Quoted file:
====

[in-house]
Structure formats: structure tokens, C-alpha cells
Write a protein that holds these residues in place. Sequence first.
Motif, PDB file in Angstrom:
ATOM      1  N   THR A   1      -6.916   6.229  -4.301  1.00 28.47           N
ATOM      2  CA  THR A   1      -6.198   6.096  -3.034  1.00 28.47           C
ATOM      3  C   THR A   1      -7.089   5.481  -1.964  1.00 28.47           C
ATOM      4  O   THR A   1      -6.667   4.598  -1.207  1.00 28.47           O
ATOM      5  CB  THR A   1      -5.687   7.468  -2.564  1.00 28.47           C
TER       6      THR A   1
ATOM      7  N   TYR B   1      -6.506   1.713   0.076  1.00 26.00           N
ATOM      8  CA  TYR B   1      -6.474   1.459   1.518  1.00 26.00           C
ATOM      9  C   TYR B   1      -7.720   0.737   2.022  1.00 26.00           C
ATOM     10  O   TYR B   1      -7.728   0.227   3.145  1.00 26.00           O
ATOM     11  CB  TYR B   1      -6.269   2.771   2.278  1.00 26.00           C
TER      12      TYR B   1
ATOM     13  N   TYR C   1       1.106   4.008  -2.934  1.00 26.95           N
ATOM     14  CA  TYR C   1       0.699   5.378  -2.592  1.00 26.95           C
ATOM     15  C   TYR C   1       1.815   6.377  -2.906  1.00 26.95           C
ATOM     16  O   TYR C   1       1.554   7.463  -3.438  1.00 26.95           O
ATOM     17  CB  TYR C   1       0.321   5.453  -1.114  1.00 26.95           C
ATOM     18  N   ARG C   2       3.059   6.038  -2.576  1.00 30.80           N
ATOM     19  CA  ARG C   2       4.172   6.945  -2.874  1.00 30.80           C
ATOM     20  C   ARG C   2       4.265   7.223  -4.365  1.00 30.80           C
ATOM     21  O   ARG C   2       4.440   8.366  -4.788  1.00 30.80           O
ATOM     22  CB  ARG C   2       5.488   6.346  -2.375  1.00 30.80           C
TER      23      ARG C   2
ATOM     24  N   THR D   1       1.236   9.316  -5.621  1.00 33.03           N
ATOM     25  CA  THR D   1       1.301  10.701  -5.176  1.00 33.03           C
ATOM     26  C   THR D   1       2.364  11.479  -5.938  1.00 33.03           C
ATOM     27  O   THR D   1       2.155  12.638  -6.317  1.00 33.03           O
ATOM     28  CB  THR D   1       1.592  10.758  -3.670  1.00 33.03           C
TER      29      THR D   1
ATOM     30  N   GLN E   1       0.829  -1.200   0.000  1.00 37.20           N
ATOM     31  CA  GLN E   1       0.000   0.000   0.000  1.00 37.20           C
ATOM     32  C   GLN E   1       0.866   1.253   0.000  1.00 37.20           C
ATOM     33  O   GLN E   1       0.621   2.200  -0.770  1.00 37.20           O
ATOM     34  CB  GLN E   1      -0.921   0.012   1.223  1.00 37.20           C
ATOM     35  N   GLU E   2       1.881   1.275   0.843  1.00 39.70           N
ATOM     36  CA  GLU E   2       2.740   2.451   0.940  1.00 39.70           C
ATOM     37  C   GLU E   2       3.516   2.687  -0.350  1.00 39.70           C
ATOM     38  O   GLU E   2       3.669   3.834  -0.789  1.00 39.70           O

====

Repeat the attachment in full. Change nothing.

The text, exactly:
[in-house]
Structure formats: structure tokens, C-alpha cells
Write a protein that holds these residues in place. Sequence first.
Motif, PDB file in Angstrom:
ATOM      1  N   THR A   1      -6.916   6.229  -4.301  1.00 28.47           N
ATOM      2  CA  THR A   1      -6.198   6.096  -3.034  1.00 28.47           C
ATOM      3  C   THR A   1      -7.089   5.481  -1.964  1.00 28.47           C
ATOM      4  O   THR A   1      -6.667   4.598  -1.207  1.00 28.47           O
ATOM      5  CB  THR A   1      -5.687   7.468  -2.564  1.00 28.47           C
TER       6      THR A   1
ATOM      7  N   TYR B   1      -6.506   1.713   0.076  1.00 26.00           N
ATOM      8  CA  TYR B   1      -6.474   1.459   1.518  1.00 26.00           C
ATOM      9  C   TYR B   1      -7.720   0.737   2.022  1.00 26.00           C
ATOM     10  O   TYR B   1      -7.728   0.227   3.145  1.00 26.00           O
ATOM     11  CB  TYR B   1      -6.269   2.771   2.278  1.00 26.00           C
TER      12      TYR B   1
ATOM     13  N   TYR C   1       1.106   4.008  -2.934  1.00 26.95           N
ATOM     14  CA  TYR C   1       0.699   5.378  -2.592  1.00 26.95           C
ATOM     15  C   TYR C   1       1.815   6.377  -2.906  1.00 26.95           C
ATOM     16  O   TYR C   1       1.554   7.463  -3.438  1.00 26.95           O
ATOM     17  CB  TYR C   1       0.321   5.453  -1.114  1.00 26.95           C
ATOM     18  N   ARG C   2       3.059   6.038  -2.576  1.00 30.80           N
ATOM     19  CA  ARG C   2       4.172   6.945  -2.874  1.00 30.80           C
ATOM     20  C   ARG C   2       4.265   7.223  -4.365  1.00 30.80           C
ATOM     21  O   ARG C   2       4.440   8.366  -4.788  1.00 30.80           O
ATOM     22  CB  ARG C   2       5.488   6.346  -2.375  1.00 30.80           C
TER      23      ARG C   2
ATOM     24  N   THR D   1       1.236   9.316  -5.621  1.00 33.03           N
ATOM     25  CA  THR D   1       1.301  10.701  -5.176  1.00 33.03           C
ATOM     26  C   THR D   1       2.364  11.479  -5.938  1.00 33.03           C
ATOM     27  O   THR D   1       2.155  12.638  -6.317  1.00 33.03           O
ATOM     28  CB  THR D   1       1.592  10.758  -3.670  1.00 33.03           C
TER      29      THR D   1
ATOM     30  N   GLN E   1       0.829  -1.200   0.000  1.00 37.20           N
ATOM     31  CA  GLN E   1       0.000   0.000   0.000  1.00 37.20           C
ATOM     32  C   GLN E   1       0.866   1.253   0.000  1.00 37.20           C
ATOM     33  O   GLN E   1       0.621   2.200  -0.770  1.00 37.20           O
ATOM     34  CB  GLN E   1      -0.921   0.012   1.223  1.00 37.20           C
ATOM     35  N   GLU E   2       1.881   1.275   0.843  1.00 39.70           N
ATOM     36  CA  GLU E   2       2.740   2.451   0.940  1.00 39.70           C
ATOM     37  C   GLU E   2       3.516   2.687  -0.350  1.00 39.70           C
ATOM     38  O   GLU E   2       3.669   3.834  -0.789  1.00 39.70           O